of the Web of informal relationships, which feeds the system of communities
of practice also through the use of open, weakly structured and mainly
collaborative technologies (like groupware systems), capable of supporting
the creation of traditional, or even virtual communities3.
to Nonaka's approach, communities of practice had a greater impact on concrete
KM solutions and techniques since the former proposes a very costly process
of knowledge exploitation, based on putting a manager side by side with
workers. On the other hand, a common managerial interpretation of the community-based
approach, supports a vision in which knowledge workers, independently from
the organizational will or desire, participate to the processes of exploitation
simply by taking part in the life of their community.
4 Managing KM Trade-offs
The heterogeneity that characterizes the different KM approaches here
presented, rather than deriving from alternative ideological views on knowledge,
represent the expressions of a "natural", unsaid, and typically
unintentional, debate around the dualistic nature of knowledge that happens
within organizations. In other words, we believe that the "ontological
dualism" between subjectivity and objectivity [Giddens
84] is not simply a matter of debate on the foundations of KM, but
a real contradiction afflicting researchers and practitioners whose task
is to manage knowledge within complex firms. In particular this ontological
dualism manifests itself in terms of a very concrete trade-off between
two opposite needs. On the one hand, managers need to foster value and
control, and try to achieve the latter through knowledge standardization
and the former through knowledge replication. Such a need is legitimated
by an objectivist approach to KM, and drives actions oriented towards the
creation of centralized repositories and efficient communication networks.
On the other hand, managers face the need, expressed by organizational
communities, to keep knowledge appropriate to context specific business
environments. Such a need is legitimated by a subjectivist approach to
KM, and drives actions oriented towards the enablement of informal networks,
and the recognition of the value generated by semantic specialization and
differentiation. The ontological dualism becomes a trade-off if we consider
how the two tendencies generate conflicting side effects: while standardization
tends to reduce appropriateness, contextualization tends to reduce replicability.
In fact, as underlined elsewhere [Bonifacio 02], in
complex environments standard knowledge tends to become useless since too
general to be applied and generate value. On the other hand, highly contextual
distributed "knowledges" tend to be "solipsistically"
owned by communities and organizations in order to merely justify their
actions; each "knowledge" becomes unable both to represent some
reality and to be communicated to another community. As a consequence,
complex firms that face heterogeneous environmental conditions, such as
PSFs [Bonifacio 00], are likely to promote, more or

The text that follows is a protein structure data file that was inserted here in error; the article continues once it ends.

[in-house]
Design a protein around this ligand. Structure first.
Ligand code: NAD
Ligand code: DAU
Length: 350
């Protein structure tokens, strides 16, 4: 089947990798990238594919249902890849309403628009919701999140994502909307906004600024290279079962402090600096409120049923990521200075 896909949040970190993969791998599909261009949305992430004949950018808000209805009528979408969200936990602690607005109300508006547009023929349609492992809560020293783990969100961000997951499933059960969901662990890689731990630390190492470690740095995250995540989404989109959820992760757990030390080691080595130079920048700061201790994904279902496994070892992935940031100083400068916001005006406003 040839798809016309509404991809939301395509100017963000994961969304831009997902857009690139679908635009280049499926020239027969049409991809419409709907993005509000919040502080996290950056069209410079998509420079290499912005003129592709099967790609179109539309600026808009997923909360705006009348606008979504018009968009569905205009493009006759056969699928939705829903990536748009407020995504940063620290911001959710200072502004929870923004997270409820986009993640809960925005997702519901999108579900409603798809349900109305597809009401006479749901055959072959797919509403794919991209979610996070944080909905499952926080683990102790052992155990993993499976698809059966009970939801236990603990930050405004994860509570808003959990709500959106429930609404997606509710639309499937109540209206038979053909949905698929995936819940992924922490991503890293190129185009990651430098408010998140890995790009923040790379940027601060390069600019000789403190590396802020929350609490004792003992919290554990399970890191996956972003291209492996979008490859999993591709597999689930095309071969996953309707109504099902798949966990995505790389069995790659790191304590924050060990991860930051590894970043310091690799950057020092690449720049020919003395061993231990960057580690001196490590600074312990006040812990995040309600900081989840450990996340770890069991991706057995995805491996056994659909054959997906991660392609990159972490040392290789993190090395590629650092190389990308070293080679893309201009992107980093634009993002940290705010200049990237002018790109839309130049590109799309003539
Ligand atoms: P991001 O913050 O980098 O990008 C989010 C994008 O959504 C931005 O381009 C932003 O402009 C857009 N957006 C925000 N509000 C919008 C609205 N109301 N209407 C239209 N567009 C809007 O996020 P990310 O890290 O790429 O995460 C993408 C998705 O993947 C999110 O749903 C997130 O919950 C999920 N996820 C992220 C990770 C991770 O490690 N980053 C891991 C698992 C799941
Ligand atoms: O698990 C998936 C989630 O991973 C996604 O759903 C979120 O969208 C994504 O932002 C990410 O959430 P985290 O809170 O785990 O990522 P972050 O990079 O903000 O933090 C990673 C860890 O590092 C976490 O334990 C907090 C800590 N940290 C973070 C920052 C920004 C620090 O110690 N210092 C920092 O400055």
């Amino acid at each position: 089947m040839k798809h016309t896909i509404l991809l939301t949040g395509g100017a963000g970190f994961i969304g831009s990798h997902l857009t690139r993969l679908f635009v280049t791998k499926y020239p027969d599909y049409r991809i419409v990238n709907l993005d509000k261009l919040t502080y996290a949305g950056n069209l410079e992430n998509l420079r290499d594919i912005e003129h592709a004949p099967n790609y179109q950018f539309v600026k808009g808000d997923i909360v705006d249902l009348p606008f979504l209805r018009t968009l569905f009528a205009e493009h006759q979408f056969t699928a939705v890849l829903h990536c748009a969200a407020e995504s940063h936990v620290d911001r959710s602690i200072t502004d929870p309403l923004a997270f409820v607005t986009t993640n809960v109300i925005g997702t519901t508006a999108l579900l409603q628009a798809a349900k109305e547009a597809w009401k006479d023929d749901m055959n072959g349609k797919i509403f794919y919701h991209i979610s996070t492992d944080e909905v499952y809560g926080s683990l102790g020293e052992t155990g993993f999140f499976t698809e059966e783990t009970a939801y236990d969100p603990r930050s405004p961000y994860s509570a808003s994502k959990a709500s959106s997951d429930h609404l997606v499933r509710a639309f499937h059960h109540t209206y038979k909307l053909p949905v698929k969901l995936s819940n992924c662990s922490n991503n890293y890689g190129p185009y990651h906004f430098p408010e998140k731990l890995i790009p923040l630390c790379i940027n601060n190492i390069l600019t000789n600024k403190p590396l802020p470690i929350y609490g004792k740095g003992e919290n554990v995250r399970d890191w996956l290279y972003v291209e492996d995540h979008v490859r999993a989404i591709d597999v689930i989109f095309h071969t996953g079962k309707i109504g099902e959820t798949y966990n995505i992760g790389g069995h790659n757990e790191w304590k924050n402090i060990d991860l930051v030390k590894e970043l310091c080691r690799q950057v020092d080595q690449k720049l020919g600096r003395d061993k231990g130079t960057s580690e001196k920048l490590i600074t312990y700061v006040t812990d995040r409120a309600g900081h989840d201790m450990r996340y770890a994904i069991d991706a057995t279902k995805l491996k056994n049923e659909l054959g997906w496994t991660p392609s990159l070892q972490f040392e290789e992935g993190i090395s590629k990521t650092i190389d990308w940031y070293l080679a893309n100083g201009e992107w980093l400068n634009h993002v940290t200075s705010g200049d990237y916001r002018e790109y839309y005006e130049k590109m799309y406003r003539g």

less intentionally, both types of approaches as appropriate answers to
the need/opportunity to crystallize knowledge through centralization (in
stable or controllable environments), and the need/opportunity to mobilize
it through distribution (in uncontrolled and dynamic settings). Moreover
we propose that this fundamental trade-off is the basis of some other relevant
ones that concretely impact on well known and traditional organizational
4.1 Innovation versus improvement
Two typical ways to describe organizational learning are radical innovation
and continuous improvement [Hamel 01], [Boland
95], [Brown 91]. Such processes are seemingly
related to the main approaches to KM here proposed. In fact, viewing knowledge
as content implies, as said, an objectivistic reading of the environment
that can be increasingly "known" through deeper observation and
analysis. From this perspective, knowing is an incremental process that
aims at refining our representation of the world which is addressed towards
precision and truth. Such refinement is achieved inductively through the
formulation of better theories and, deductively, through their verification
by means of more precise experiments.
As a consequence, according to a behavioural metaphor [Weick
91], organizational learning manifests as continuous improvement, that
is, a reactive trial and error process of adjustment of organizational
behaviours to changing environmental conditions.
On the other hand, knowledge as context implies a broader view of organizational
learning that resembles the way in which Kuhn [Kuhn 70]
described the paradigmatic and discontinuous evolution of scientific knowledge.
From this perspective, a knowledge is seen as one of the "plausible"
interpretations of the world rather than a "draft" version of
an increasingly refined truth. People can see the environment from different
perspective and, moreover, they can construct different realities through
social negotiation [Berger 66]. As a consequence,
the evolution of a knowledge can be subject to "discontinuities"
and not only to "incrementality"; that is, social entities can
negotiate radically new theories of the world that lead and, according
to these, generate alternative and even conflicting interpretations of
the same facts. Moreover, social actors can "implement" such
views in the world through manipulation and creation of consensus, or,
as said by Weick [Weick 95], enact different "realities".
In this sense, organizational learning can be seen as innovation, that
is, the generation of alternative views of both the business and the organization
itself, which drives actions that are able to enable business and organizational
configurations in which such views are, ex post, true4.
Such dualism is the basis of other important ones such as specialization
versus despecialization. In fact, as proposed by James March [March
91b], while incremental learning are sustained by specialization trends
(that March calls exploitation), discontinuous forms of learning are sustain